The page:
Reviews | Written by Nigel Watson 29/09/2020



Georges Méliès was one of the first to appreciate the creative potential of cinema and he applied all his skills as a stage magician to this new and exciting medium. A Trip to the Moon was his most ambitious project and on its release in 1902 it must have had the same mind boggling effect on the audience as a blockbuster like Tenet has on us today.

Inspired by the scientific romances of Jules Verne and H.G. Wells, the film shows a series of tableaus of the launch of the lunar capsule from a huge cannon, the capsule literally landing in the face of the Moon and the violent encounter with acrobatic, humanoid Selenites.

This release provides the original black and white and hand-tinted colour versions of the film, and you can select a commentary by Serge Bromberg and three different scores (by Bromberg, Jeff Mills, or Dorian Pimpernel) to accompany the film. Other extras include Le grand Méliès, a melancholy documentary by Georges Franju on the rise and fall of Méliès’ career. Another gem is The Extraordinary Voyage, a 2011 documentary by Serge Bromberg and Eric Lange that highlights the importance of this film and the long, slow work needed to restore it to its original glory. Plus there is a video essay by Jon Spira that explores the many innovations Méliès brought to his productions.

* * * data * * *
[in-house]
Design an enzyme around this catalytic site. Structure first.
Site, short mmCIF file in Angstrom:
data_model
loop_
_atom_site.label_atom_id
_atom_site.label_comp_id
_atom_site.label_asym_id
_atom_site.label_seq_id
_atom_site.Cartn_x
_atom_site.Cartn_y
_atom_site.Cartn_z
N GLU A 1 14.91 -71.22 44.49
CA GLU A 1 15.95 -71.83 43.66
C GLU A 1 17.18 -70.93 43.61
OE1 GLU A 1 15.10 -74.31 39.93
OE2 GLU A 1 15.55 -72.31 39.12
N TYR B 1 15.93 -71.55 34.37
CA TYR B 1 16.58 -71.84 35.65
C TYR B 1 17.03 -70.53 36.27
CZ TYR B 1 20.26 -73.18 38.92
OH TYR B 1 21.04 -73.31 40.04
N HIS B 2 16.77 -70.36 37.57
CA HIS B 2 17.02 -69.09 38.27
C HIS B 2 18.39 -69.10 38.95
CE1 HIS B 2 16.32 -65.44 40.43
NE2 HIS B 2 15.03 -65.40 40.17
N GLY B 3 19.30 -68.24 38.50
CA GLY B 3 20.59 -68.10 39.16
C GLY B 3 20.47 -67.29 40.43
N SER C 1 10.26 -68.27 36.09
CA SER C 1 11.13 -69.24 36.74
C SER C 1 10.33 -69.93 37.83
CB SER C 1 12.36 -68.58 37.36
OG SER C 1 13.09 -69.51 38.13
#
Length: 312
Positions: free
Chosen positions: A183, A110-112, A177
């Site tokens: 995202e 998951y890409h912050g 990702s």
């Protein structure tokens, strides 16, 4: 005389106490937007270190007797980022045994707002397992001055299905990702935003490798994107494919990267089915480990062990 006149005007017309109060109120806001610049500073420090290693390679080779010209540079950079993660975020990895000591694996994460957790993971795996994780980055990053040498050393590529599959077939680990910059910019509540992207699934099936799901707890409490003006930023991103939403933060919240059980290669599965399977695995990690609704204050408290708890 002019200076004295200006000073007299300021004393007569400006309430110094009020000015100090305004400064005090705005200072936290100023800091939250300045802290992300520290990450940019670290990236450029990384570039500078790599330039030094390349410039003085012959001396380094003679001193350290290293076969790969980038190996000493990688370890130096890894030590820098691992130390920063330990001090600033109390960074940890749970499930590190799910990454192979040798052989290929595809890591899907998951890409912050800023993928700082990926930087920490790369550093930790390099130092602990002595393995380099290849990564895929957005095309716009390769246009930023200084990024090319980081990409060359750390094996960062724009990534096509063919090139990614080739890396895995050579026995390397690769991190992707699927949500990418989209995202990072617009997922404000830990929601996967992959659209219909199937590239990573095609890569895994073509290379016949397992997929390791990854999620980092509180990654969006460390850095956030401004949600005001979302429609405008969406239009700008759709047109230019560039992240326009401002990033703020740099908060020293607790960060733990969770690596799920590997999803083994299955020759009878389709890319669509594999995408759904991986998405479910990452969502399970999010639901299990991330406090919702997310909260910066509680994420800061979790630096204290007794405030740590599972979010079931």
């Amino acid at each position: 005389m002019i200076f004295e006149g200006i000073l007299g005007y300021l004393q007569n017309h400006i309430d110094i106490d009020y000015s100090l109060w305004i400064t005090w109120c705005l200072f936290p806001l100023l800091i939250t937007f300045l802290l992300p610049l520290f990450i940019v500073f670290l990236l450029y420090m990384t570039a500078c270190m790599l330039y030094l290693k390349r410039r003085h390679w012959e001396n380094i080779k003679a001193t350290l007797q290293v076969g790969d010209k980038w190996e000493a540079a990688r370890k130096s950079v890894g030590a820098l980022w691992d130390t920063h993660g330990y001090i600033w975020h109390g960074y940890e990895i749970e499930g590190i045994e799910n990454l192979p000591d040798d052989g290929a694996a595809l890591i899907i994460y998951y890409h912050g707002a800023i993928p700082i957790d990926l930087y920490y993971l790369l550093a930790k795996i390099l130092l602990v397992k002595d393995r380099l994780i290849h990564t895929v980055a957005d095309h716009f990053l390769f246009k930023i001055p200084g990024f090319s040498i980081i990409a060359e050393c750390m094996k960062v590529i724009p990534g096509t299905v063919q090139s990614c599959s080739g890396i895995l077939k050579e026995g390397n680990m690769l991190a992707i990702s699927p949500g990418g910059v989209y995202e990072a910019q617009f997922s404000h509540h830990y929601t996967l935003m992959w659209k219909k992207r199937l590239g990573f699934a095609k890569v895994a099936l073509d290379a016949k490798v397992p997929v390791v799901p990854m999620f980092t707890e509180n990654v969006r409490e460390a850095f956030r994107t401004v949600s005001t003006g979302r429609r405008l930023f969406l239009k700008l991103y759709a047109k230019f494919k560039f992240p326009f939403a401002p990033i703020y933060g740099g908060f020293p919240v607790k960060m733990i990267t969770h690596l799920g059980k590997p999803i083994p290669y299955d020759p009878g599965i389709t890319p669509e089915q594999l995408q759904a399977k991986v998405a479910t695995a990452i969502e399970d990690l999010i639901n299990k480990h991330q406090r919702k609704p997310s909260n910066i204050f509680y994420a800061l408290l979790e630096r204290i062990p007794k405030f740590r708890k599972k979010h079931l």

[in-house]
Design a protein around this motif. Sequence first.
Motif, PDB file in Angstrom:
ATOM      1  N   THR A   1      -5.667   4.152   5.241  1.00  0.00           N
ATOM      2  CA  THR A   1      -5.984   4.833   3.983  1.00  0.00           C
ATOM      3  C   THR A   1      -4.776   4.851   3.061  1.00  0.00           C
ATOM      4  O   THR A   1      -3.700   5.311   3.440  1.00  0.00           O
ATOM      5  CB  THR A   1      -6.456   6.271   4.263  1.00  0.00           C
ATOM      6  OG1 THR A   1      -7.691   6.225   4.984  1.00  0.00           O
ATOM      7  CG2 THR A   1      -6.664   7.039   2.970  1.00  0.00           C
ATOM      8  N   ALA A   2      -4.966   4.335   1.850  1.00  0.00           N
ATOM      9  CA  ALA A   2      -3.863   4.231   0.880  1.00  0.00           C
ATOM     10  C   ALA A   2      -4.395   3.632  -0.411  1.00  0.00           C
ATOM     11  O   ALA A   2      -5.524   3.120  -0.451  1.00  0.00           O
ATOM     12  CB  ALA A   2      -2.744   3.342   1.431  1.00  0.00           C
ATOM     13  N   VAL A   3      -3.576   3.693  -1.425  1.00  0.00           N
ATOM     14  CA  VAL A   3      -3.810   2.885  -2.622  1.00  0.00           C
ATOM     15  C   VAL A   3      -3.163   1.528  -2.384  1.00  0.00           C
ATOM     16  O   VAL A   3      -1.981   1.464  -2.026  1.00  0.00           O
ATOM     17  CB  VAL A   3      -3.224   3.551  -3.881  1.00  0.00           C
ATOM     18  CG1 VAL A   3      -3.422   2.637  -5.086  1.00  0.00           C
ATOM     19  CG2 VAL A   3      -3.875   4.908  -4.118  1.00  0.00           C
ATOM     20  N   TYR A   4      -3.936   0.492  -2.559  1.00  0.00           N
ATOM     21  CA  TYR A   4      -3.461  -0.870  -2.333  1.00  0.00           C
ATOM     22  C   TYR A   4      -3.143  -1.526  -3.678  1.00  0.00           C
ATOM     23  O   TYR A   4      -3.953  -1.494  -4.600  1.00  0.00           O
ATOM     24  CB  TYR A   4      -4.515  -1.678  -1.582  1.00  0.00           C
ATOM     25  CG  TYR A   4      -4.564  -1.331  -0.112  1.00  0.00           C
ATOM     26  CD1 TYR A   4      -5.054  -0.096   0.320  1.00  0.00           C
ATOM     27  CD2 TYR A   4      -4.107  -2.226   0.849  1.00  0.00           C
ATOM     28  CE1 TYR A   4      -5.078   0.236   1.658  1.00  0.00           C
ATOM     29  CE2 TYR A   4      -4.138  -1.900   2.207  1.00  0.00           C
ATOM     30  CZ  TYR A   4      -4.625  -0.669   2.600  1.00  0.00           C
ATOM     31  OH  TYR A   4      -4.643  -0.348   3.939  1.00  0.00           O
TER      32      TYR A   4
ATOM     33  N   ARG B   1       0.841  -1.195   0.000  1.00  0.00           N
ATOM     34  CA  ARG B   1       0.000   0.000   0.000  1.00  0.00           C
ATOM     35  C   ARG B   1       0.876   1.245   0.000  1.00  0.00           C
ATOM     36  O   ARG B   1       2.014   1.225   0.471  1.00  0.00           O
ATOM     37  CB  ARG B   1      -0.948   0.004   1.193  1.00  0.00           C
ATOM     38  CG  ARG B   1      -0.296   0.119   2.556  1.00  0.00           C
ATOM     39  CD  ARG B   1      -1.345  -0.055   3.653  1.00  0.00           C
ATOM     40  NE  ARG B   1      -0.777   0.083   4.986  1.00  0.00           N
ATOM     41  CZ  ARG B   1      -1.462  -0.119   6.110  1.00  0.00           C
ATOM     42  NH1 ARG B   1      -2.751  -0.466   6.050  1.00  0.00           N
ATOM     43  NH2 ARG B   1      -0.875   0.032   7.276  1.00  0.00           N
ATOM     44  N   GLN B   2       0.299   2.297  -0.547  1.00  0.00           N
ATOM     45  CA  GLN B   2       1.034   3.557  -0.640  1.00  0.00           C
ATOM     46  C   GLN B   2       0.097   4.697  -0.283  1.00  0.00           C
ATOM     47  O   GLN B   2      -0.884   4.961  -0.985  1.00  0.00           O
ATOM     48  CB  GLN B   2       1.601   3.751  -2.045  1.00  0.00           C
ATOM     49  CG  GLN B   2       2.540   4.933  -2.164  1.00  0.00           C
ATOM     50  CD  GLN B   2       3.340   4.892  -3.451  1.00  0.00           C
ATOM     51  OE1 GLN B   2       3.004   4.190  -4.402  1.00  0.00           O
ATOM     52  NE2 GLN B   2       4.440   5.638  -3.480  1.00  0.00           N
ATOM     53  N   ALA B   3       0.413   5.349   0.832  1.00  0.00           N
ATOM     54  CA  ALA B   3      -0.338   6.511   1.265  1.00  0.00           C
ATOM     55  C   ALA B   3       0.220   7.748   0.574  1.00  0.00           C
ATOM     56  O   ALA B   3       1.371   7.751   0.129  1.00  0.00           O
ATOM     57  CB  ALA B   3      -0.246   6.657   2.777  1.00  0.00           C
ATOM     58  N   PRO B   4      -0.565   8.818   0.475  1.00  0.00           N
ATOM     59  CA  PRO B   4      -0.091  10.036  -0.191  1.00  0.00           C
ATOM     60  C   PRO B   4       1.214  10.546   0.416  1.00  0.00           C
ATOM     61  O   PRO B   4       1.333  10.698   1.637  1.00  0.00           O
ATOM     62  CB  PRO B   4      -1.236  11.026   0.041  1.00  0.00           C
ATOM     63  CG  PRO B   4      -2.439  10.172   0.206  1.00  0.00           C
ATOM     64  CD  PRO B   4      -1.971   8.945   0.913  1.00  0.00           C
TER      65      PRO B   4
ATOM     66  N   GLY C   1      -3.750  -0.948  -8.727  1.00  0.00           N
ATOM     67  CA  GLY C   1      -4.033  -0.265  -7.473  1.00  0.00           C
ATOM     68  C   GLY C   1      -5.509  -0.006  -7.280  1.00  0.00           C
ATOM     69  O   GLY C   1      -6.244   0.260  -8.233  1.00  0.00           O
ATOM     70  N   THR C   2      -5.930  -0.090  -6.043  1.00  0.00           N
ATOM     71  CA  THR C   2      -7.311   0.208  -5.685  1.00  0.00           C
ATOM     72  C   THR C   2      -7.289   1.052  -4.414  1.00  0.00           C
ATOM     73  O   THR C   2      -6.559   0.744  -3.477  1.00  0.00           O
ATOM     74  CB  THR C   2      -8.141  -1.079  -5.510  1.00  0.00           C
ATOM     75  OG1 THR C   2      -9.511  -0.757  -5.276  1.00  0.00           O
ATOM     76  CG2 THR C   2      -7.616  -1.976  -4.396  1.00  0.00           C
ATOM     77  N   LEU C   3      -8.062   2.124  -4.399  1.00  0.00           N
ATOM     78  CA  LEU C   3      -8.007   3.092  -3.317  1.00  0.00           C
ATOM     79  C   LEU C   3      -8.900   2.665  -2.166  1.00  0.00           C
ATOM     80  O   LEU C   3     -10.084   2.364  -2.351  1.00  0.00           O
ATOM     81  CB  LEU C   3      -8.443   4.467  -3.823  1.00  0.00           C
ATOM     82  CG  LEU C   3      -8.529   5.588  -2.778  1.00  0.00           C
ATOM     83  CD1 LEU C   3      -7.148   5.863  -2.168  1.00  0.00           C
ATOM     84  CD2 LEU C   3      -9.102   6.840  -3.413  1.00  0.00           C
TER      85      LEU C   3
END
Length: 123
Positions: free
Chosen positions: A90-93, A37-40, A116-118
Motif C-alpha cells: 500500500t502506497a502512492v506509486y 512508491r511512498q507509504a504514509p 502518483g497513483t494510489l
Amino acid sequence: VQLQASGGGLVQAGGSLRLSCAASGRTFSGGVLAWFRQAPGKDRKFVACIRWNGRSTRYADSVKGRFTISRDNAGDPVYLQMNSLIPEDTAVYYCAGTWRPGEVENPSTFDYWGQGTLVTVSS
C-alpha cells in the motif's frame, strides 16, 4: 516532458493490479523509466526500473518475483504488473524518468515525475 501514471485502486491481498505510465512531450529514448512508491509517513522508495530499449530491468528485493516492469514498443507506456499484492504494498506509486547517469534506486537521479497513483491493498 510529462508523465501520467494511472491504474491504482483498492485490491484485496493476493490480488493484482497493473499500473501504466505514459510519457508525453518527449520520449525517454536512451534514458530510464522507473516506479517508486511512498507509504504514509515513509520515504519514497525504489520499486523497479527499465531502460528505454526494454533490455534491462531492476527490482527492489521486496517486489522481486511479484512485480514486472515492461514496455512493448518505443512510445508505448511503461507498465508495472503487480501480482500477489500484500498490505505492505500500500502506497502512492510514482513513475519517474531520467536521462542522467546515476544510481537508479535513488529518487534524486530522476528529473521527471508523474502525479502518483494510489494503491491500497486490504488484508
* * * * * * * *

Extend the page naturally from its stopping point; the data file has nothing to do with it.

What we learn is that Méliès was the master of virtually every aspect of his films. He wrote the scripts, designed the sets and costumes, invented equipment and techniques to shoot special effects - such as using double exposure, superimpositions, slow motion, and stop-motion - and he could screen the results in his own Théâtre Robert-Houdin in Paris.

In this manner, he created highly theatrical, surreal, fantasy worlds that took 19th Century stage magic and reinvented it for 20th Century cinema.

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